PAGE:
I've been reading Collapse by Jared Diamond lately. It's compelling, and also one of the most utterly depressing books I have ever read. It examines a series of historical collapses of societies, along with examples of societies facing similar challenges to those that collapsed but managing to overcome them. I should probably come back to this once I've finished the book, but so far I'm finding myself much more convinced by the doom-and-gloom side of the argument—in short that one society after another has made the same mistakes and we're in danger of doing the same as a globalised society in the 21st Century—than the hopeful side Diamond tries to portray along with it. There are various stories of societies' survival, but I just can't help feeling as I read them that they owe more to luck than judgement.
Against this backdrop of pessimism about the future, it was a pleasing contrast to turn to one of my usual sources of environmental news, the Sightline Institute's daily score blog—often a pretty depressing source in itself—and see a couple of posts about reasons to be cheerful. In particular, one of their authors wrote a long piece titled Earth Doomed! Not really. At least, we hope not.... and it's worth a read.
It recounts various trends that are improving around the US and especially in the Pacific Northwest (where the author is based), and draws the general conclusion that while there is much to do this is a sign that actually the environmental movement can be successful. The success stories are all examples of campaigns that first changed the prevailing public attitude towards something (be it lead in petrol or predatory mammals in fisheries) and then leading to the introduction of legislation that actually fixes the problem.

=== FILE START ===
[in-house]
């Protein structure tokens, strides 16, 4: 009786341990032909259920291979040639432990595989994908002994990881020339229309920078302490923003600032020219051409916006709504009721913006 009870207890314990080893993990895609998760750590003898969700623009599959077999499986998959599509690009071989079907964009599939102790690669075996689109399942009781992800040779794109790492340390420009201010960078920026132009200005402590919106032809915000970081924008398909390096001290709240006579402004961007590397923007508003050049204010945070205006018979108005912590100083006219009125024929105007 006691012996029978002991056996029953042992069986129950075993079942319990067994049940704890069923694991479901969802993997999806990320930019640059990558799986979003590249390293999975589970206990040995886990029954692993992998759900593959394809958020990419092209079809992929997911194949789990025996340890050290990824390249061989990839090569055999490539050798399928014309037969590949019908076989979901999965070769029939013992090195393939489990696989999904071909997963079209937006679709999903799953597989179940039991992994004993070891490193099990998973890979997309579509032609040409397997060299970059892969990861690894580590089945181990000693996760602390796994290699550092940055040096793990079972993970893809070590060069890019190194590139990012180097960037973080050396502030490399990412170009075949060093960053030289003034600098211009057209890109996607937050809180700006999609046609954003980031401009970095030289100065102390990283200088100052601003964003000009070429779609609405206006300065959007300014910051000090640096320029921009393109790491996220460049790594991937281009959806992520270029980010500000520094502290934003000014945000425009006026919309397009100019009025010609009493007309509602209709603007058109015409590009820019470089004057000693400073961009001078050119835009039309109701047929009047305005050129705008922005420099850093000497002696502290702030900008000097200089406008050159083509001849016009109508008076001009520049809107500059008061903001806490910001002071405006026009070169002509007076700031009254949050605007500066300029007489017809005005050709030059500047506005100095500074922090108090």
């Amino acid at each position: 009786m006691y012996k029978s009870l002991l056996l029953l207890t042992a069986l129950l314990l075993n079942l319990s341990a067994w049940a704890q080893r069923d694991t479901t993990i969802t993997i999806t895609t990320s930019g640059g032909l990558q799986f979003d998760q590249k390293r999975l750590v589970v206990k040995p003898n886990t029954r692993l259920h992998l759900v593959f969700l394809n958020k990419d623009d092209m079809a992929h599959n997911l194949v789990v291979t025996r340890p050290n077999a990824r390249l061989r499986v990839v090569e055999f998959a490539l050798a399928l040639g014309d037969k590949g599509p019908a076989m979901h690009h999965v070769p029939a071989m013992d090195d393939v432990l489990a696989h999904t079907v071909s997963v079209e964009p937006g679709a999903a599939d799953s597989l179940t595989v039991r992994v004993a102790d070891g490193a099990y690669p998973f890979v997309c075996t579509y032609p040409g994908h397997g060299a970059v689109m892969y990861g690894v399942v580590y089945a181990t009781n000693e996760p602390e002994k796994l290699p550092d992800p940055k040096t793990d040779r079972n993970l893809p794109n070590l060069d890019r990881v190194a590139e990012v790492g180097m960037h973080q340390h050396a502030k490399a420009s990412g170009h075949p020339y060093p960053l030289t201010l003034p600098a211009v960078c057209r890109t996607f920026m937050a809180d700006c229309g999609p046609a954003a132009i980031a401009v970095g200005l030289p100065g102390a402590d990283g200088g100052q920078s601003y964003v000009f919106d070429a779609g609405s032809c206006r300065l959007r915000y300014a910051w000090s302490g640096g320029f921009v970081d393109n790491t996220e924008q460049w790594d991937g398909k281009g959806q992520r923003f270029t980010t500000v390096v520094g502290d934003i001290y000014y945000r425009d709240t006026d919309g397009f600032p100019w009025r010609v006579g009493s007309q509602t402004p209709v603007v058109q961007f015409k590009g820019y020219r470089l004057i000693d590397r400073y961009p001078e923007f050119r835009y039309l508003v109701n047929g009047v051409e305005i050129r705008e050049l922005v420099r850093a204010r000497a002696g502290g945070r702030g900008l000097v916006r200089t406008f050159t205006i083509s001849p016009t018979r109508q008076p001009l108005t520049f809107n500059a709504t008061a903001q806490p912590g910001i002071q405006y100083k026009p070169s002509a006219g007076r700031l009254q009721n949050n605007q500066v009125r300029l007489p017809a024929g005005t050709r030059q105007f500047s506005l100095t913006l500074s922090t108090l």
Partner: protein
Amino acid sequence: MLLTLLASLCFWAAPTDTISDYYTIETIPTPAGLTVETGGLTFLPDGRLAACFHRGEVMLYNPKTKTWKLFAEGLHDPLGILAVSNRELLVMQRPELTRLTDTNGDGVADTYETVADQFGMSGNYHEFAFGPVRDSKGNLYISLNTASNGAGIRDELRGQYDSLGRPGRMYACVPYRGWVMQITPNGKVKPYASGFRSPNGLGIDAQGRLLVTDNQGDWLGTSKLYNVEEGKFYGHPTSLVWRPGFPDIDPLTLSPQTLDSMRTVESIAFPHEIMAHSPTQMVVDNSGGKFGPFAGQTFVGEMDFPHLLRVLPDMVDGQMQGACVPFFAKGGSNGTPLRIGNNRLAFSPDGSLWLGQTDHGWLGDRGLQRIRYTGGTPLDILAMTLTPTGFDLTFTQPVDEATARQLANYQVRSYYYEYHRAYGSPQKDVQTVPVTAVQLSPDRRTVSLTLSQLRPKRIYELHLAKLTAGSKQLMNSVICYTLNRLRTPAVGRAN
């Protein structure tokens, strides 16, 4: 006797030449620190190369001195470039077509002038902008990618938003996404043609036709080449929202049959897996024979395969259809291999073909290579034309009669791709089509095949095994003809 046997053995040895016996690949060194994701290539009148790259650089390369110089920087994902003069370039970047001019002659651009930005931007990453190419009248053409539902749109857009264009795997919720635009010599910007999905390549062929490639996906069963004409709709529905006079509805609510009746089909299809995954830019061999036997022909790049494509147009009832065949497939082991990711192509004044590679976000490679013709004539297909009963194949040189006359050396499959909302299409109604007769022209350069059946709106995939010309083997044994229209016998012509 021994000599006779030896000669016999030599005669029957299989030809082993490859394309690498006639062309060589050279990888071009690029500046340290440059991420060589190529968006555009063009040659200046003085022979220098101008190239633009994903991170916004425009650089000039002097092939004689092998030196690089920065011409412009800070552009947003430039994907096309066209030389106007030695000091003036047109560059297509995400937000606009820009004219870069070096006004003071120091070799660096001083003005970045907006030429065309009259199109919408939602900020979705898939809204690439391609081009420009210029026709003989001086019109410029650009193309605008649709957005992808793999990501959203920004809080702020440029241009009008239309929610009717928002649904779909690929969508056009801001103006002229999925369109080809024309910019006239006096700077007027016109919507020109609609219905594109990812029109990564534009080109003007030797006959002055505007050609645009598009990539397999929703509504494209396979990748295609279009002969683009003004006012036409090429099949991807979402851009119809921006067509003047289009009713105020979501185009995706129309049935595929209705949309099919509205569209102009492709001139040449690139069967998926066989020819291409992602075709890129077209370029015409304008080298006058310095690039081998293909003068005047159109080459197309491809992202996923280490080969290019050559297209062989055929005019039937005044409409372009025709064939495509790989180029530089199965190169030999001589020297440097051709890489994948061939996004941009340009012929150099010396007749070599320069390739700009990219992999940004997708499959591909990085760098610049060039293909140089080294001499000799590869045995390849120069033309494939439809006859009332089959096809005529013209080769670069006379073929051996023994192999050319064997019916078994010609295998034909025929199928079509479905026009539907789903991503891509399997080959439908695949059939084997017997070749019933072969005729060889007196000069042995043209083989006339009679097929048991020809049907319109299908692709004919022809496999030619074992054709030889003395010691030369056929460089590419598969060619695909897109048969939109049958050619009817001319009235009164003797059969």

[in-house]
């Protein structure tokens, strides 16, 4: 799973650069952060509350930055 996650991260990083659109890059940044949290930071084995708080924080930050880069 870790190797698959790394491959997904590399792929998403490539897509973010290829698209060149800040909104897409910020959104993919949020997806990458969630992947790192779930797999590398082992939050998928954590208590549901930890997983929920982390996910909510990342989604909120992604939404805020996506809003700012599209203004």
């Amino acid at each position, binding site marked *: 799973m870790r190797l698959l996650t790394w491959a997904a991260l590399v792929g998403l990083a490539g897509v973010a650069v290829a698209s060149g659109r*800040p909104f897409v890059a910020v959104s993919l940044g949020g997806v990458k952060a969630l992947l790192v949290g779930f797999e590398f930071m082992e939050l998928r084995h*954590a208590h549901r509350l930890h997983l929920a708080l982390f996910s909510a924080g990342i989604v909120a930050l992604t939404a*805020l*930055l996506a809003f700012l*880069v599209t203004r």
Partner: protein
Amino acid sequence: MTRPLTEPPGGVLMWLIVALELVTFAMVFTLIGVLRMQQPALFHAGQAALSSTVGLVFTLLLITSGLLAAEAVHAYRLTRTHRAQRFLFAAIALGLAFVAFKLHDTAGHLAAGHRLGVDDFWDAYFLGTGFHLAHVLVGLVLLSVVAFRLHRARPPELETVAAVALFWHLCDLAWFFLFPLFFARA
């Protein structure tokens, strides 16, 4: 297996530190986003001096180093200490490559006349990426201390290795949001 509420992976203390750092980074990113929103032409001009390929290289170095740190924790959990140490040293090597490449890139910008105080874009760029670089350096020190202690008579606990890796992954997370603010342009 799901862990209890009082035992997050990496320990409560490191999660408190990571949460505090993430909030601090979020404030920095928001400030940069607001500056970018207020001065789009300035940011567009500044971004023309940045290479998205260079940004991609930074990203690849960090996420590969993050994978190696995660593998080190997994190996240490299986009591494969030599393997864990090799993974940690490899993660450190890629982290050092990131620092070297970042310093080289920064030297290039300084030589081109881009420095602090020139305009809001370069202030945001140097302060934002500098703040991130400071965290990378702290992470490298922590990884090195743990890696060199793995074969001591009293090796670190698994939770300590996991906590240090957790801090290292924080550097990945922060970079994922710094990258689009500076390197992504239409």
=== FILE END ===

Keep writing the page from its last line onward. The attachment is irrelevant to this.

There are a lot of lessons that can be drawn from the successes of environmentalism. The article makes an important point about the way environmentalists tend to come across as all doom-and-gloom, all the time, when in fact there are also positive stories to tell, and people respond better to voices that are not unremittingly negative. I think there's also another lesson here, about the way in which environmentalists can succeed. Afflicting people with despondency is never productive, because if it's all futile anyway then why should anyone try to improve the future. Instead, we need to convey two messages: environmental protection is for our collective benefit (Diamond gets this one across very powerfully), and we can make a difference (I'm hoping the remaining chapters of Collapse will persuade me of this).